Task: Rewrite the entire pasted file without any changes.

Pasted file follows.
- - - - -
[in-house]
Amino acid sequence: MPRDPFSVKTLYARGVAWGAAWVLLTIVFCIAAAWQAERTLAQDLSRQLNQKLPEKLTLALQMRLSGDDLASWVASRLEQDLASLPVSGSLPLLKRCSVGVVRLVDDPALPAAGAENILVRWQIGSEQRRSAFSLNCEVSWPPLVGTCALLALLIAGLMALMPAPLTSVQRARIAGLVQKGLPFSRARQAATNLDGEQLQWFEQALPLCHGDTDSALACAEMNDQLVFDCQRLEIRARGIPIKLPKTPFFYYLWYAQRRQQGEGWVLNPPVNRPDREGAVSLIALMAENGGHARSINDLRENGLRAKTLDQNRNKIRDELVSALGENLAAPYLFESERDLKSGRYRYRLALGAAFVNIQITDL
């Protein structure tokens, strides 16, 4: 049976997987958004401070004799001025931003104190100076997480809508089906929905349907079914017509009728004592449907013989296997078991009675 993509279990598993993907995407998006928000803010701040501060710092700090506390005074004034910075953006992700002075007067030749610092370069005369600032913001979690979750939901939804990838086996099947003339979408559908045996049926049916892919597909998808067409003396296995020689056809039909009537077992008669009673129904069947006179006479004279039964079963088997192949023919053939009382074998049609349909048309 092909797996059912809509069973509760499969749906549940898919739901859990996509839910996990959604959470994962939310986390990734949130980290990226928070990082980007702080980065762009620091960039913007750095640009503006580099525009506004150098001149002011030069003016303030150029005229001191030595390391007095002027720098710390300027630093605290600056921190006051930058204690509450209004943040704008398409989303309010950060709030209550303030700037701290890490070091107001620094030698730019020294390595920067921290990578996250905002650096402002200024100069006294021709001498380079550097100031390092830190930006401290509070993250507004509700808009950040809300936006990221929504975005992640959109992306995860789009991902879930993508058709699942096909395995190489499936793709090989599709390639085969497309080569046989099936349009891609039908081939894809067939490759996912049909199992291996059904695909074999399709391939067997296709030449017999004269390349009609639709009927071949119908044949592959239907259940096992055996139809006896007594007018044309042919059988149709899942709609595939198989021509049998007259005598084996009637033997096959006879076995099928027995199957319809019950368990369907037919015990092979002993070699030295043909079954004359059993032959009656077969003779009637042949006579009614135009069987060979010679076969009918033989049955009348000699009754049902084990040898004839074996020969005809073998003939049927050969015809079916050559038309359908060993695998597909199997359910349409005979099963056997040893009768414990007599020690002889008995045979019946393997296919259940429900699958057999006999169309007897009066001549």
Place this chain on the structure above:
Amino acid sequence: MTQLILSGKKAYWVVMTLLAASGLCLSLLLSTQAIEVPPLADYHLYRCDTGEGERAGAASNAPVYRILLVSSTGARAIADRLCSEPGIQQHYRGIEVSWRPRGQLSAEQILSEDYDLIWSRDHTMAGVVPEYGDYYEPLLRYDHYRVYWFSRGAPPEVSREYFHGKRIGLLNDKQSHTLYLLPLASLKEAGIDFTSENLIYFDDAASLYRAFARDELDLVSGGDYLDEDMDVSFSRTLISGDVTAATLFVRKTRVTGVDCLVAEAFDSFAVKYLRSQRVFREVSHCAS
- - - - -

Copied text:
[in-house]
Amino acid sequence: MPRDPFSVKTLYARGVAWGAAWVLLTIVFCIAAAWQAERTLAQDLSRQLNQKLPEKLTLALQMRLSGDDLASWVASRLEQDLASLPVSGSLPLLKRCSVGVVRLVDDPALPAAGAENILVRWQIGSEQRRSAFSLNCEVSWPPLVGTCALLALLIAGLMALMPAPLTSVQRARIAGLVQKGLPFSRARQAATNLDGEQLQWFEQALPLCHGDTDSALACAEMNDQLVFDCQRLEIRARGIPIKLPKTPFFYYLWYAQRRQQGEGWVLNPPVNRPDREGAVSLIALMAENGGHARSINDLRENGLRAKTLDQNRNKIRDELVSALGENLAAPYLFESERDLKSGRYRYRLALGAAFVNIQITDL
């Protein structure tokens, strides 16, 4: 049976997987958004401070004799001025931003104190100076997480809508089906929905349907079914017509009728004592449907013989296997078991009675 993509279990598993993907995407998006928000803010701040501060710092700090506390005074004034910075953006992700002075007067030749610092370069005369600032913001979690979750939901939804990838086996099947003339979408559908045996049926049916892919597909998808067409003396296995020689056809039909009537077992008669009673129904069947006179006479004279039964079963088997192949023919053939009382074998049609349909048309 092909797996059912809509069973509760499969749906549940898919739901859990996509839910996990959604959470994962939310986390990734949130980290990226928070990082980007702080980065762009620091960039913007750095640009503006580099525009506004150098001149002011030069003016303030150029005229001191030595390391007095002027720098710390300027630093605290600056921190006051930058204690509450209004943040704008398409989303309010950060709030209550303030700037701290890490070091107001620094030698730019020294390595920067921290990578996250905002650096402002200024100069006294021709001498380079550097100031390092830190930006401290509070993250507004509700808009950040809300936006990221929504975005992640959109992306995860789009991902879930993508058709699942096909395995190489499936793709090989599709390639085969497309080569046989099936349009891609039908081939894809067939490759996912049909199992291996059904695909074999399709391939067997296709030449017999004269390349009609639709009927071949119908044949592959239907259940096992055996139809006896007594007018044309042919059988149709899942709609595939198989021509049998007259005598084996009637033997096959006879076995099928027995199957319809019950368990369907037919015990092979002993070699030295043909079954004359059993032959009656077969003779009637042949006579009614135009069987060979010679076969009918033989049955009348000699009754049902084990040898004839074996020969005809073998003939049927050969015809079916050559038309359908060993695998597909199997359910349409005979099963056997040893009768414990007599020690002889008995045979019946393997296919259940429900699958057999006999169309007897009066001549």
Place this chain on the structure above:
Amino acid sequence: MTQLILSGKKAYWVVMTLLAASGLCLSLLLSTQAIEVPPLADYHLYRCDTGEGERAGAASNAPVYRILLVSSTGARAIADRLCSEPGIQQHYRGIEVSWRPRGQLSAEQILSEDYDLIWSRDHTMAGVVPEYGDYYEPLLRYDHYRVYWFSRGAPPEVSREYFHGKRIGLLNDKQSHTLYLLPLASLKEAGIDFTSENLIYFDDAASLYRAFARDELDLVSGGDYLDEDMDVSFSRTLISGDVTAATLFVRKTRVTGVDCLVAEAFDSFAVKYLRSQRVFREVSHCAS